Telecoms Are Trying to Prohibit City-Run Broadband Access

Episode 1114 (04:08)

Autumn small town America

There isn't much competition among broadband providers in the United States. Most people only have a choice between a cable company and a phone company, and both act like monopolies; both have poor customer service. We know that the answer to protect net neutrality isn't government intervention, which carries potential risks, but in competition. If there were several internet service providers, there would be better prices and better service.

In 130 cities around the country, local governments have responded by creating internet service as a utility in that city. They can then open the lines to many providers who can compete. Of those 130 cities, 89 have gigabit speeds. In almost every case, the city internet is much faster than the internet provided by commercial companies.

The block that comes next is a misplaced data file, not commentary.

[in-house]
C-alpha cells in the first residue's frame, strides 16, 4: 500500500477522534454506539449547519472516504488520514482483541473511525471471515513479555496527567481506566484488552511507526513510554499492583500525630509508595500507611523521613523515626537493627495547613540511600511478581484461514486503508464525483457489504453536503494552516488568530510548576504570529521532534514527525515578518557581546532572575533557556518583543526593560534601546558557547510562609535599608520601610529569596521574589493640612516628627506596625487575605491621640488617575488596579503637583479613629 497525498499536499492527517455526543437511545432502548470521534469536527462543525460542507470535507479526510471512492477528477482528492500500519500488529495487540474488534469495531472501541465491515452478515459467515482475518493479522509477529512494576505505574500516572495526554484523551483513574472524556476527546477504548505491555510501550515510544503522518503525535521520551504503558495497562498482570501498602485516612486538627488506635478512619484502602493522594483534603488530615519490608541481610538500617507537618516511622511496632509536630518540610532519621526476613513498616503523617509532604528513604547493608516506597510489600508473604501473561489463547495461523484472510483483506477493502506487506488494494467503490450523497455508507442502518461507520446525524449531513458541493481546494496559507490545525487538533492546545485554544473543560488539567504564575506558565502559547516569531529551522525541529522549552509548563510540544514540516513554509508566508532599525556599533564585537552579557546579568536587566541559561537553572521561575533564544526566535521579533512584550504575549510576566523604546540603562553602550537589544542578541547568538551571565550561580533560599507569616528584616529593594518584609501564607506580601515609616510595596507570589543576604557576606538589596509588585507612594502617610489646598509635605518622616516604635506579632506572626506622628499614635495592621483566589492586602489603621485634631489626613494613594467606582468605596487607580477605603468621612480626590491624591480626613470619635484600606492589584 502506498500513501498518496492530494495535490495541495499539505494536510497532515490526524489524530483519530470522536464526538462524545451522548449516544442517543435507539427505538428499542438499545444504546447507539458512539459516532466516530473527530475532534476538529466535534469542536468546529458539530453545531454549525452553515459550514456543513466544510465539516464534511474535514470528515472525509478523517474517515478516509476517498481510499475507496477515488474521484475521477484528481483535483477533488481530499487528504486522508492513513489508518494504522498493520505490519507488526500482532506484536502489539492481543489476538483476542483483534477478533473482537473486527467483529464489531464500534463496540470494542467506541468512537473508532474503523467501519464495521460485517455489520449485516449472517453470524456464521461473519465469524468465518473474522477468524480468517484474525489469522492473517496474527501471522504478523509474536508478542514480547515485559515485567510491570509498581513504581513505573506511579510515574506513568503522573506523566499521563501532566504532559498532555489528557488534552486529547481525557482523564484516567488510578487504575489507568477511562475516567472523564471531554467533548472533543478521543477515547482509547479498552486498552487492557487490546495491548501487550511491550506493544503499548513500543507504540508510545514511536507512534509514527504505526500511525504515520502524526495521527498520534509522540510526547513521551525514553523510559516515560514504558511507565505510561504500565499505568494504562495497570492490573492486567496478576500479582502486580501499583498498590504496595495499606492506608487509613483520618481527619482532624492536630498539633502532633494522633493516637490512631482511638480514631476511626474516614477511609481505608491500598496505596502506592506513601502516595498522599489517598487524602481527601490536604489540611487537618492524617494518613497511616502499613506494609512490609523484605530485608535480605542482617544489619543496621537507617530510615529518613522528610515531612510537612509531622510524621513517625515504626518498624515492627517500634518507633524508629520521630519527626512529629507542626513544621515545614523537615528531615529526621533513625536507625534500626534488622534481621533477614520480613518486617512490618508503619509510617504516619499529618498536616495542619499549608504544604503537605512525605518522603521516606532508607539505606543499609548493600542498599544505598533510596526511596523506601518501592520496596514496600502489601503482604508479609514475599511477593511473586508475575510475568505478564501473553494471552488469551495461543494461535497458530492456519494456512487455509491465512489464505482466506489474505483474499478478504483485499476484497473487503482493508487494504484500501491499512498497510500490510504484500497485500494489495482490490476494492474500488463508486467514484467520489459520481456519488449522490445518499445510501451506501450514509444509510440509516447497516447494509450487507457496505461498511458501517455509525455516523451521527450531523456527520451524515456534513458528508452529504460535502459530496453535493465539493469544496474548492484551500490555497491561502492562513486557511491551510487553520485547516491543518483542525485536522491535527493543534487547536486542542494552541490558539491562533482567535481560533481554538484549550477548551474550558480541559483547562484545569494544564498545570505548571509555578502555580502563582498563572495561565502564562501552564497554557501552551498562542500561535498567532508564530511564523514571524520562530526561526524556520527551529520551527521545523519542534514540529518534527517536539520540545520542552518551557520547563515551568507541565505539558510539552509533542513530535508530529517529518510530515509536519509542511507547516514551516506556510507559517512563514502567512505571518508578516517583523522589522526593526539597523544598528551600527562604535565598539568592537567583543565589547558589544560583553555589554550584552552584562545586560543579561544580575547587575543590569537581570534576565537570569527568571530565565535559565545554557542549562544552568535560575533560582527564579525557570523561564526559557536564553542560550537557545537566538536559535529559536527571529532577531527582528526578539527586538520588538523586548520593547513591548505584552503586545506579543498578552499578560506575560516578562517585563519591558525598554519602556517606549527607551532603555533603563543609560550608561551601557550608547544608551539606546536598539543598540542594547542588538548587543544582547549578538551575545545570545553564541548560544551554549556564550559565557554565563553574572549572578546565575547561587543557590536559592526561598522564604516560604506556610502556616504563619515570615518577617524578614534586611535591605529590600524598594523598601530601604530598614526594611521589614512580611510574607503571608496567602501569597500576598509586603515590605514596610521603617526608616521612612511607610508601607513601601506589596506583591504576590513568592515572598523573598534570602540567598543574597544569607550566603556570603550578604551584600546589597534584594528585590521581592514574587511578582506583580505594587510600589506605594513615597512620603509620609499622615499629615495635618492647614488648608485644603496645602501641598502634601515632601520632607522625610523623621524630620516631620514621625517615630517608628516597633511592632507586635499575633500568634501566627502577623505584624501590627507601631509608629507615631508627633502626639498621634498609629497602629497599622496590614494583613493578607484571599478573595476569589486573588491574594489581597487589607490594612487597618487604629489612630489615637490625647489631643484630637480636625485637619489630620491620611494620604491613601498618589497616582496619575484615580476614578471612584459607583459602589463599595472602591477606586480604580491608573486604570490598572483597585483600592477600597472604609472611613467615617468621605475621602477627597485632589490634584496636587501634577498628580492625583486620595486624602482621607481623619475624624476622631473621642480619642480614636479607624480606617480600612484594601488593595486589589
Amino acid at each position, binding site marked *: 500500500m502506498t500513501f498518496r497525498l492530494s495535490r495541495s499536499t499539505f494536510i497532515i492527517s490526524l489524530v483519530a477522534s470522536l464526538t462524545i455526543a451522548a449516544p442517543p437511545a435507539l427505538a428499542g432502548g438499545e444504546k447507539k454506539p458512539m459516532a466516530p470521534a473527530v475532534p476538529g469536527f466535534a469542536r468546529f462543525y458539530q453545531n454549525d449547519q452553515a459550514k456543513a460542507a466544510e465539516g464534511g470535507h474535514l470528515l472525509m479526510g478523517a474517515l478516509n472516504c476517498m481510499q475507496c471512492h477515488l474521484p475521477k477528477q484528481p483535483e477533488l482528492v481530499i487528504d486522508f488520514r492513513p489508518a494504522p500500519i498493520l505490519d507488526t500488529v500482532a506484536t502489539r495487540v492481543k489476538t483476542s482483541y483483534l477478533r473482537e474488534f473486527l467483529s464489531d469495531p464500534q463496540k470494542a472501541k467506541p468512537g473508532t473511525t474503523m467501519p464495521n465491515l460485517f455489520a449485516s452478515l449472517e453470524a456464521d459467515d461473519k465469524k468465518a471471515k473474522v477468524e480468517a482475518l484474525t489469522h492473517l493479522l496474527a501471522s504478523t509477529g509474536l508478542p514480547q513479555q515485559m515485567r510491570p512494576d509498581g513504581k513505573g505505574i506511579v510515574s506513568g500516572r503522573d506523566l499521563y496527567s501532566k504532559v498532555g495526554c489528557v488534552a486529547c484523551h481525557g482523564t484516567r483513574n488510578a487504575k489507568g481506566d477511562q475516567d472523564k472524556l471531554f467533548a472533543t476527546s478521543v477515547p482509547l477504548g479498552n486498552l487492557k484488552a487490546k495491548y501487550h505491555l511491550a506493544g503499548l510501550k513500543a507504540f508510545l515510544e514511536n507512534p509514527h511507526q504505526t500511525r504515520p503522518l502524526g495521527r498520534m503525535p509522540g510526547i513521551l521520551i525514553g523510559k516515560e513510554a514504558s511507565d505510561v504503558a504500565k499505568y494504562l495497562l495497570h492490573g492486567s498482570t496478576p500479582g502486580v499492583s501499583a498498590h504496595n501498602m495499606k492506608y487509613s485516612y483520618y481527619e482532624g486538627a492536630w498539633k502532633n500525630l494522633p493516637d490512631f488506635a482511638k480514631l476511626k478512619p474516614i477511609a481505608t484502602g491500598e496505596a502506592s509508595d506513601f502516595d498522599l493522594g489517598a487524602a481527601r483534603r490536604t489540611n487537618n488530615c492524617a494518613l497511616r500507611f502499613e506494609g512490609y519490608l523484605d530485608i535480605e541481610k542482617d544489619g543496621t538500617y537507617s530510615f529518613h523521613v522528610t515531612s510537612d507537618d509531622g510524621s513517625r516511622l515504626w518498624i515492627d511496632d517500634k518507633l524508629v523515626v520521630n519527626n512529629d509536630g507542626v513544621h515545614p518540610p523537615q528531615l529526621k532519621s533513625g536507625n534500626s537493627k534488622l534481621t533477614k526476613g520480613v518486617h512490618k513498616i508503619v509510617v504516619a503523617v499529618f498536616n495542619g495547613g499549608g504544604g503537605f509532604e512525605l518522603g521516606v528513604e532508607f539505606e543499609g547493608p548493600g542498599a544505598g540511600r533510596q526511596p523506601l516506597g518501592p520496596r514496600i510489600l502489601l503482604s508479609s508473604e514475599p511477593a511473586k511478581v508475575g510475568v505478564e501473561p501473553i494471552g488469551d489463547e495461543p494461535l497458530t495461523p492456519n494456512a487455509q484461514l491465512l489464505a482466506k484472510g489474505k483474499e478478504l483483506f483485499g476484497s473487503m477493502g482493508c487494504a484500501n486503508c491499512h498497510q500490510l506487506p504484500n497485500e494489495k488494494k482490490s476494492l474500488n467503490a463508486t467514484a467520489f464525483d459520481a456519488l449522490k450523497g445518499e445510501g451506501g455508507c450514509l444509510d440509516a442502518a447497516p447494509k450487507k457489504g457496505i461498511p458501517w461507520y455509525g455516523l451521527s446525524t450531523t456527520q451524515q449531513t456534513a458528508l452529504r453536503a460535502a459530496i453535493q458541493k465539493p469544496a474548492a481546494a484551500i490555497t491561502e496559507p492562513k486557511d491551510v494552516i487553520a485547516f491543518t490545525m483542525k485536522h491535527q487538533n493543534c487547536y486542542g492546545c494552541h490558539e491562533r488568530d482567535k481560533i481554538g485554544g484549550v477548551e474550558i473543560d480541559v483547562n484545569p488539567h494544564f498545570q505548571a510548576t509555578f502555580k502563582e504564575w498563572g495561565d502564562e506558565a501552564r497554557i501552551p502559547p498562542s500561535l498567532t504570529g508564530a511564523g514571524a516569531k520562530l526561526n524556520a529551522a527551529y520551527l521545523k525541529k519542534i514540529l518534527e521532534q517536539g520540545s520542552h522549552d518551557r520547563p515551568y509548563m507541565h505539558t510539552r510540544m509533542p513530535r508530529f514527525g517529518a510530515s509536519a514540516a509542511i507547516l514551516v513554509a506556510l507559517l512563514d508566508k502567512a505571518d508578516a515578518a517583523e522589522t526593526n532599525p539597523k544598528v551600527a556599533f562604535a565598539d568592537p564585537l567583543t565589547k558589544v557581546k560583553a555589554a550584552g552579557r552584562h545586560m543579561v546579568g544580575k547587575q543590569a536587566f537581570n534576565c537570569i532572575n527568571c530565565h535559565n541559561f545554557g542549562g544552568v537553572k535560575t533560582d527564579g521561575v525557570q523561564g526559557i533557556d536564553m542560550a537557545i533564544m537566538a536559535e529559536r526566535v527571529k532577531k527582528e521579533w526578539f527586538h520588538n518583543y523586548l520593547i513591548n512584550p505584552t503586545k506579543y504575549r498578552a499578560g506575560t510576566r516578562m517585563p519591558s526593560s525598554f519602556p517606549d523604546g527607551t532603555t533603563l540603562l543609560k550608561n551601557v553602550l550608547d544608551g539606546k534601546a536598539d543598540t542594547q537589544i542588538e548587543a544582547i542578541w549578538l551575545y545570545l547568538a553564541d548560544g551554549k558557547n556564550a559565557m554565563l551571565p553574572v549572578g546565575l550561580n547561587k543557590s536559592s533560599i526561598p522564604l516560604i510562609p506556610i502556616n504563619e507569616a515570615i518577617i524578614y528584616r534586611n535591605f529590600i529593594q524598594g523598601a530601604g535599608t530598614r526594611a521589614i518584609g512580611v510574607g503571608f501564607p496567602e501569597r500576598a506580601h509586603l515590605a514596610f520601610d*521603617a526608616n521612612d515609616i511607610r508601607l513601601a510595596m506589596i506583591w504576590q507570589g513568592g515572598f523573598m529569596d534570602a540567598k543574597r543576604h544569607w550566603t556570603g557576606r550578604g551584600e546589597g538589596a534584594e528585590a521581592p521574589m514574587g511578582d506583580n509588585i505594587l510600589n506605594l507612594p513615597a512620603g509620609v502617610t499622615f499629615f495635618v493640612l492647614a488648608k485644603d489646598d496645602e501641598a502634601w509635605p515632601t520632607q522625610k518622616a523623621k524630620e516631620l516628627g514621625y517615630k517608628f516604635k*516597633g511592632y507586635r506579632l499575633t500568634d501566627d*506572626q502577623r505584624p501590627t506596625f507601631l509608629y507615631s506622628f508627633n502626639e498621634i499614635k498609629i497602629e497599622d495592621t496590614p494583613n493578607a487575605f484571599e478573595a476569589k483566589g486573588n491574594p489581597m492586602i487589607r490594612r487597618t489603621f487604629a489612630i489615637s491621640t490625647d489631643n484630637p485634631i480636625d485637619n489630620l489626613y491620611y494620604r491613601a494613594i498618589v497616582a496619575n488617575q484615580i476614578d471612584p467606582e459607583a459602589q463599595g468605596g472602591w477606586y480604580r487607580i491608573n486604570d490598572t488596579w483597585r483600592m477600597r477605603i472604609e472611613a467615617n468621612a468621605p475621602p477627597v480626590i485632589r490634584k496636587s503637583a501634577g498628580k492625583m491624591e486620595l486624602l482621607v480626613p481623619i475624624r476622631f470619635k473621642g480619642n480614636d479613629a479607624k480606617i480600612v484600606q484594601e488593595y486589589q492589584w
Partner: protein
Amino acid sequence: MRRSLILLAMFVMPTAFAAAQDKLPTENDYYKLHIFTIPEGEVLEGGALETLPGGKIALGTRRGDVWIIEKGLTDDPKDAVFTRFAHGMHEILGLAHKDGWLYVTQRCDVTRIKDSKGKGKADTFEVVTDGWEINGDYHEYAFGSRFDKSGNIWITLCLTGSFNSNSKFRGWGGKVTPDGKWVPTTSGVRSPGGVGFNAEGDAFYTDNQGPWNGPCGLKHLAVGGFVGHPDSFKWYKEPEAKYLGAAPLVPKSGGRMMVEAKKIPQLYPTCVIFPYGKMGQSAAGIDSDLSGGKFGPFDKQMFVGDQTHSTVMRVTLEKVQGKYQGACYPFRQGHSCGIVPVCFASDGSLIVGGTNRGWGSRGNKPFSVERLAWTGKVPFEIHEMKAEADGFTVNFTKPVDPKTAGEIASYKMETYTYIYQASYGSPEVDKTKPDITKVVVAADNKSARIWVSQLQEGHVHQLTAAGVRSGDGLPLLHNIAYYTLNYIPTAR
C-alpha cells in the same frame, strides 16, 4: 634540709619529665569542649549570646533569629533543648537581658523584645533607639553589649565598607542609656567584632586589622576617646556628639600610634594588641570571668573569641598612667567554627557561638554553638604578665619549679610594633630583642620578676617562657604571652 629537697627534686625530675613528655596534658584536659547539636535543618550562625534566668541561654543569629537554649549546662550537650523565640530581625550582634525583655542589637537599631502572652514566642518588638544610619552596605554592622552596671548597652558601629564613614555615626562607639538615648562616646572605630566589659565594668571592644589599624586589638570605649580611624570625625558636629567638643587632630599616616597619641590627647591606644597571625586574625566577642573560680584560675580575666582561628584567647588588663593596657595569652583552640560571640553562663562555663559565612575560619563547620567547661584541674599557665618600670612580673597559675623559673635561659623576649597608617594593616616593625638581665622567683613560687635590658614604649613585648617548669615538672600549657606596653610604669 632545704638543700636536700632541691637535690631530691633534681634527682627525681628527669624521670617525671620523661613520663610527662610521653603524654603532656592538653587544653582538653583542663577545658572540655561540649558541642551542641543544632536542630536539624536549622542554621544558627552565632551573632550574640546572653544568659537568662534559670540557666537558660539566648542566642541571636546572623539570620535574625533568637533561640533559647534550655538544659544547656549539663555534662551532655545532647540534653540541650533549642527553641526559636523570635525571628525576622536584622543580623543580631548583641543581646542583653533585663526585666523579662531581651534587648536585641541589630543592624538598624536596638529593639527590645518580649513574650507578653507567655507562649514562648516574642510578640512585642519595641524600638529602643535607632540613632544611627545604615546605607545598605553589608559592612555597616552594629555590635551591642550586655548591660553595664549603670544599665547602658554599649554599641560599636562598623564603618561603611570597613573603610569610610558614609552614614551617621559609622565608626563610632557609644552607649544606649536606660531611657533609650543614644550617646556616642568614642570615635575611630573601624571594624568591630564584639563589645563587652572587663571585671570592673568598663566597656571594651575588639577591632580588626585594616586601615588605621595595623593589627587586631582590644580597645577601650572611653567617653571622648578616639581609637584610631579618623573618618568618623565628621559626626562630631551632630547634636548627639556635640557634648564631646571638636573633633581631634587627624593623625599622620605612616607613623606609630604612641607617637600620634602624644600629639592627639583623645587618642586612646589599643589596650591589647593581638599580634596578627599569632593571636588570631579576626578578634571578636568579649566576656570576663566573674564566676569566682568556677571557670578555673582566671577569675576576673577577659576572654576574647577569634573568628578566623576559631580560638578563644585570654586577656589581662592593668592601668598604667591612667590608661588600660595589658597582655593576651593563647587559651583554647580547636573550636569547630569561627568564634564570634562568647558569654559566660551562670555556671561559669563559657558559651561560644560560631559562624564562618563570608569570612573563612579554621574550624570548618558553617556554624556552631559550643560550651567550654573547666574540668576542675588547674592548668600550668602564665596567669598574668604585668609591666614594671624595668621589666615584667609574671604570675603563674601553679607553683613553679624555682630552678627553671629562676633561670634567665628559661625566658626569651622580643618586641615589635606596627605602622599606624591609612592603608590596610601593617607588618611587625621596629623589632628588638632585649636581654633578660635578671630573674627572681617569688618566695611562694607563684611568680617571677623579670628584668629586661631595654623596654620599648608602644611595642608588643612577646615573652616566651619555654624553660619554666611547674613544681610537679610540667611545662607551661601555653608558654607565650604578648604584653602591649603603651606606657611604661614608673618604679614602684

However, in 20 states AT&T, Comcast and Verizon have succeeded in getting bills passed in the legislatures banning civil internet on the grounds that the city shouldn't be competing with commercial entities. But in places where the commercial entity isn't serving the city well, the city perhaps should have the right to step in. It improves its economic situation and makes it more desirable for employees, businesses, and getting more people to move there.